I love our Wiki at work. We all do. Any questions about procedure or policies – from phones to fires to maternity leave – you consult the Wiki. You can also find out which skills frameworks are now in the InfoBasis library, which projects the dev. team are working on, when the next marketing event is and how to download the latest data files to your laptop. It’s all there.
In short, it’s a classic, if rudimentary knowledge repository and electronic performance support tool.
But I don’t like Wikipedia.
So why the contradiction? Here’s why: I trust my Wiki at work. I don’t trust Wikipedia. Why? Because if you publish rubbish on the InfoBasis Wiki, Duncan (or whoever gets there first) is going to let you know all about it. So before you publish, you’d better be sure of your facts, or you’ll be the laughing stock of your peers.
With Wikipedia there is no such disincentive.
Back in April, I re-wrote the Wikipedia entry on Skills Management (the existing piece was too brief, and too focused on training) and signed it Donald H Taylor. If anyone wants to debate the current entry, then in the Wiki spirit, I am happy to get involved and improve it. But more importantly, because my name is on the current piece, I have a high incentive to get it right in the first place. The same can’t be true for the original author, ‘Eaytjwr’.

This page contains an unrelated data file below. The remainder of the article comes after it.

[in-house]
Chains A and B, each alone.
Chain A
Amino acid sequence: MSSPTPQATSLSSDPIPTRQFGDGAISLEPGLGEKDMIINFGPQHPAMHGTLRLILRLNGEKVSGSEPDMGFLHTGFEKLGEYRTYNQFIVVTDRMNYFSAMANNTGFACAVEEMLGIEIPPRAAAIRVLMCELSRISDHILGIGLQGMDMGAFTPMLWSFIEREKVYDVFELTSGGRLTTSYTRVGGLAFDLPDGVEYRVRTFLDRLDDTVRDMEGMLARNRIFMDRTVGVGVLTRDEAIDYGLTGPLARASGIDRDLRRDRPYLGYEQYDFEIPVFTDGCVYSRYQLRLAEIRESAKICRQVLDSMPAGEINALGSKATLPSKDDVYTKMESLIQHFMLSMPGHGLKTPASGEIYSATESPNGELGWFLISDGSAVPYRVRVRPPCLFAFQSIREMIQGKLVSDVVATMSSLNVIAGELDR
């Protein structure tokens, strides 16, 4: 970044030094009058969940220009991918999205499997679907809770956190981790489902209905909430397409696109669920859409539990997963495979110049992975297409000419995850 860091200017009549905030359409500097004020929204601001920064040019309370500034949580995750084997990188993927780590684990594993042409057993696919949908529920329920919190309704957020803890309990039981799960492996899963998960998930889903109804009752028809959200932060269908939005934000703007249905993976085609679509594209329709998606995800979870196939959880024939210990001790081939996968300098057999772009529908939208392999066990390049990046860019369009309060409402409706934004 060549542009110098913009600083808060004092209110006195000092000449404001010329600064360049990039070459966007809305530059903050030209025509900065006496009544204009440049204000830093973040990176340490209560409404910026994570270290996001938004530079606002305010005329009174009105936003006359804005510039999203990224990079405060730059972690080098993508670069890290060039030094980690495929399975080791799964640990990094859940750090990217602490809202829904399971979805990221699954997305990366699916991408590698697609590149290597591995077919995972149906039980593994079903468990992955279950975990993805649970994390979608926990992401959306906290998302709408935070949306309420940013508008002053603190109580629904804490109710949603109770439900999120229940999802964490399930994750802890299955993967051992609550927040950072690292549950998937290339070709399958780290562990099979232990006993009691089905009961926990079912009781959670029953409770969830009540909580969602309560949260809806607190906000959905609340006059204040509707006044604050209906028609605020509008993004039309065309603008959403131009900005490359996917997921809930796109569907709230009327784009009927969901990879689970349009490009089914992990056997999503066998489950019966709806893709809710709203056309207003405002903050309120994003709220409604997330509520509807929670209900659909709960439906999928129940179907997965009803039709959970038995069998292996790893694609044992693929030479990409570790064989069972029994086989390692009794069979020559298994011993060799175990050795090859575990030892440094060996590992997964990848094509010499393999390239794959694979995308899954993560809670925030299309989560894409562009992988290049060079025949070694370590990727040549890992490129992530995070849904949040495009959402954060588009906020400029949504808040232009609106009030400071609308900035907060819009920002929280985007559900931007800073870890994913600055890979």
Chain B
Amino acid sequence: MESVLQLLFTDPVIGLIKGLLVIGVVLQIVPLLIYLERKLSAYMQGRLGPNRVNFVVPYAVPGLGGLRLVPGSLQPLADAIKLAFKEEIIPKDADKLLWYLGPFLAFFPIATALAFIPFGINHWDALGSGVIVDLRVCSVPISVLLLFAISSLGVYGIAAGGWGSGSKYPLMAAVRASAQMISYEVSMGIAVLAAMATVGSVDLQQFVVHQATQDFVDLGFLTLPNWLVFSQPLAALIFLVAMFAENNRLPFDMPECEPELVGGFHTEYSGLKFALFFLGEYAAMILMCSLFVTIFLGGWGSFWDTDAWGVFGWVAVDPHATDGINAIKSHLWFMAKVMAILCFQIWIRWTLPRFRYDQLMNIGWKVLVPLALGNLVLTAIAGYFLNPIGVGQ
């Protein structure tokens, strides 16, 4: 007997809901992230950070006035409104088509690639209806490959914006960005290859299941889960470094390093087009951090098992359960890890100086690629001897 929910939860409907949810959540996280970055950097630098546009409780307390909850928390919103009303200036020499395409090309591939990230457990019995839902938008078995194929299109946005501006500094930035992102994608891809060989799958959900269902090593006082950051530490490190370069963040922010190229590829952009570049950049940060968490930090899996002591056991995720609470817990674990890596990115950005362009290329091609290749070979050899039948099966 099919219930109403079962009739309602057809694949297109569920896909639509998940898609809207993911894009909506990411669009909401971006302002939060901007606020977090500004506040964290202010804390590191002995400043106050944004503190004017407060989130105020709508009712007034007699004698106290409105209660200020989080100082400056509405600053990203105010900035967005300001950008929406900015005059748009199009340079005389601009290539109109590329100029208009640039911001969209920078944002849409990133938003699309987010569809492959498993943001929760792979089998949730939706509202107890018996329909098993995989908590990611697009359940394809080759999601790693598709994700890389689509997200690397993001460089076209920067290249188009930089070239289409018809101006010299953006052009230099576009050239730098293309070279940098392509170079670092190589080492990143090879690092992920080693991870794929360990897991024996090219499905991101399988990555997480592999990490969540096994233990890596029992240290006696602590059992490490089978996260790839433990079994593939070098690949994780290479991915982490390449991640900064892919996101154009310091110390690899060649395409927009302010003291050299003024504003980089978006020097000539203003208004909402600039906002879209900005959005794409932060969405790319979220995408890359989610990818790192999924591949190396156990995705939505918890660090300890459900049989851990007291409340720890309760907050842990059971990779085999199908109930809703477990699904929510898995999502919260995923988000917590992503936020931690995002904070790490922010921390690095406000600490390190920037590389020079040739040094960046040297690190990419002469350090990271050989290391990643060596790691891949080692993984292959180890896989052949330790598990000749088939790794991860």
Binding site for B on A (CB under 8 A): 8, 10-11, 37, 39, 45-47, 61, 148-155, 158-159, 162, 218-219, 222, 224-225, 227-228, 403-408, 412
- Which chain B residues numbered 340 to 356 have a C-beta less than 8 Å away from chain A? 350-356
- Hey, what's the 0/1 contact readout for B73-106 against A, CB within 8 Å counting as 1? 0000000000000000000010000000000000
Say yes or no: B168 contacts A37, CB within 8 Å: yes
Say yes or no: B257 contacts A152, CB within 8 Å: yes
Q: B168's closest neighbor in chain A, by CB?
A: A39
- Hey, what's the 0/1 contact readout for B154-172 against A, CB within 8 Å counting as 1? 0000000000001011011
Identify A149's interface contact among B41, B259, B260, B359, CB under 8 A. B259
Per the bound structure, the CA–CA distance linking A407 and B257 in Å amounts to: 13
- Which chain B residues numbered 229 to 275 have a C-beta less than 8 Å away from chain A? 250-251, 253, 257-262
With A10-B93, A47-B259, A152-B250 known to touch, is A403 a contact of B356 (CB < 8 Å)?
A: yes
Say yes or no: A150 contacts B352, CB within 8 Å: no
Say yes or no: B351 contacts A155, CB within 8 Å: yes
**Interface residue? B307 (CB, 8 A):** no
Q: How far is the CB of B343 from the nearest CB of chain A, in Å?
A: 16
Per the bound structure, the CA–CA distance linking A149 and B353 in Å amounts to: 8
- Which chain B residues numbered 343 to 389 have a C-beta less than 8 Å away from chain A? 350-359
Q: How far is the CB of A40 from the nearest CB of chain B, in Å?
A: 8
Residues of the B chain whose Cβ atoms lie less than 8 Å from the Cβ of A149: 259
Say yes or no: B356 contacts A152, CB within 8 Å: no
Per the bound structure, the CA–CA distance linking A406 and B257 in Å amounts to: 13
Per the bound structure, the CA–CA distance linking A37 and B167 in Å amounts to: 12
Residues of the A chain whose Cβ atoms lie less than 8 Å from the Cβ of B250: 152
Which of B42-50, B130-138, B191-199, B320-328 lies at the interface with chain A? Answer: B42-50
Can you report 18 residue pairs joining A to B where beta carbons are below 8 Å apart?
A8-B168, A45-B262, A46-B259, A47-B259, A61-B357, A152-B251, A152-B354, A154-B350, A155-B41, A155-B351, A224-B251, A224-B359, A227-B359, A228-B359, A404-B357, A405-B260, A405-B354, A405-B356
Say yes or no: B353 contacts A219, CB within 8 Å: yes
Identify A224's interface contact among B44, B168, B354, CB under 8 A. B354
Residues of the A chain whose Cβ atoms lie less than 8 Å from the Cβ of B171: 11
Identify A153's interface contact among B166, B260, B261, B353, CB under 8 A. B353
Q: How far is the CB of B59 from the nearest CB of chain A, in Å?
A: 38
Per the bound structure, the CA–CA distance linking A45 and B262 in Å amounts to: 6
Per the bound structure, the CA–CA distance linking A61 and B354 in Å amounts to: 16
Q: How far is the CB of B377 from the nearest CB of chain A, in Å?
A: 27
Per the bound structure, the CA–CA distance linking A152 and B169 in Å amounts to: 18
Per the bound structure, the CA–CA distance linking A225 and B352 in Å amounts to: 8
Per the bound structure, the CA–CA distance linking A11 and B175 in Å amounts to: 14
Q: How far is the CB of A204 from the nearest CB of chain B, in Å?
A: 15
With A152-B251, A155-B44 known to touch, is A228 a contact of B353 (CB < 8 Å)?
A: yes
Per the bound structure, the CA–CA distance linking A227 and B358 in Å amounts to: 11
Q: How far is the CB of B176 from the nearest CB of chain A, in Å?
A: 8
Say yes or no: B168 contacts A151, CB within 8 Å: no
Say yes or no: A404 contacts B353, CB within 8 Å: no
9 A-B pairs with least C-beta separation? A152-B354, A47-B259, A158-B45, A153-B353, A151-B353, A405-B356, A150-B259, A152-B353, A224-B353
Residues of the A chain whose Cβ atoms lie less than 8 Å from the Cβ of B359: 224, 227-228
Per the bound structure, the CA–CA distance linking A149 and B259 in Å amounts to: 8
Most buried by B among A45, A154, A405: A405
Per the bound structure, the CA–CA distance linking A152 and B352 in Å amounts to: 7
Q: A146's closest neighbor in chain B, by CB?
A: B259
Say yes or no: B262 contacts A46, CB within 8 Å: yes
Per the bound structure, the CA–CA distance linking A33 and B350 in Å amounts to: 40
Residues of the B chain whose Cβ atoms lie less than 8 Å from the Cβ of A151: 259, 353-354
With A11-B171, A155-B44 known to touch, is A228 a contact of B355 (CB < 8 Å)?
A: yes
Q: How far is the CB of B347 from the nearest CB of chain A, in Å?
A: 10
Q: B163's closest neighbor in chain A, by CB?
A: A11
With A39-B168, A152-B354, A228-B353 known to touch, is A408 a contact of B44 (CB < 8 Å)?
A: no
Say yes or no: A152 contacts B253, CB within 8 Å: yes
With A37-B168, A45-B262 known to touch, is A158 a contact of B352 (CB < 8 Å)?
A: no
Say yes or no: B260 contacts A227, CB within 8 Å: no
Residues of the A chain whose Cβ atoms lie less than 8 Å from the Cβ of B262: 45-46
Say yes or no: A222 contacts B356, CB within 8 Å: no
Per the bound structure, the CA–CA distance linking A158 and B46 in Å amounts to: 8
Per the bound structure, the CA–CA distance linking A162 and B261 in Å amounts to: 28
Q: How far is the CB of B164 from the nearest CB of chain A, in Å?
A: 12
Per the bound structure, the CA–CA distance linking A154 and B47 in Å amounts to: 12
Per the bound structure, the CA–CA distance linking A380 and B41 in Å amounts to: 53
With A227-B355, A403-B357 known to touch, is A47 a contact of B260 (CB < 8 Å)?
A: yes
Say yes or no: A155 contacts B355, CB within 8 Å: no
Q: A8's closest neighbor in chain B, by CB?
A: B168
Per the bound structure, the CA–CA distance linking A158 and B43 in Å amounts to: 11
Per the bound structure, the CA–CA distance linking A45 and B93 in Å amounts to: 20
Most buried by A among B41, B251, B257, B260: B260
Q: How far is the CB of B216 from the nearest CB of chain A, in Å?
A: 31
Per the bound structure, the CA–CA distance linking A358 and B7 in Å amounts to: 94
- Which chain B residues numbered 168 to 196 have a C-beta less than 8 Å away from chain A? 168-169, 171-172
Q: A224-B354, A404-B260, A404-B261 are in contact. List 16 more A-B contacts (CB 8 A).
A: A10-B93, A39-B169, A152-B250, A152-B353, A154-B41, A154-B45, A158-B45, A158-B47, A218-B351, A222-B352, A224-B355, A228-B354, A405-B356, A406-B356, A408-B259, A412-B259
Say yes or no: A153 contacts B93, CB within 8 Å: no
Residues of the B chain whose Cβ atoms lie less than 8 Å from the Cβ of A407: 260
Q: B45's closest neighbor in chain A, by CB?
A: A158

And that’s the problem with Wikipedia – it’s full of inexpert, anonymous entries. Yes, I know about the research done by Nature, (although it’s not a Wikipedia slam-dunk) and I also know about the experts poll done by the Guardian. Check it out – if you’re looking at Wikipedia’s entry on Bob Dylan, you can be pretty sure that it’s accurate, but the entry on haute couture? Forget it. And the problem for the non-expert user is that you just don’t know which type of entry you’re going to get.
So, until Wikipedia is well-edited and written by named authors with some expertise, count me out.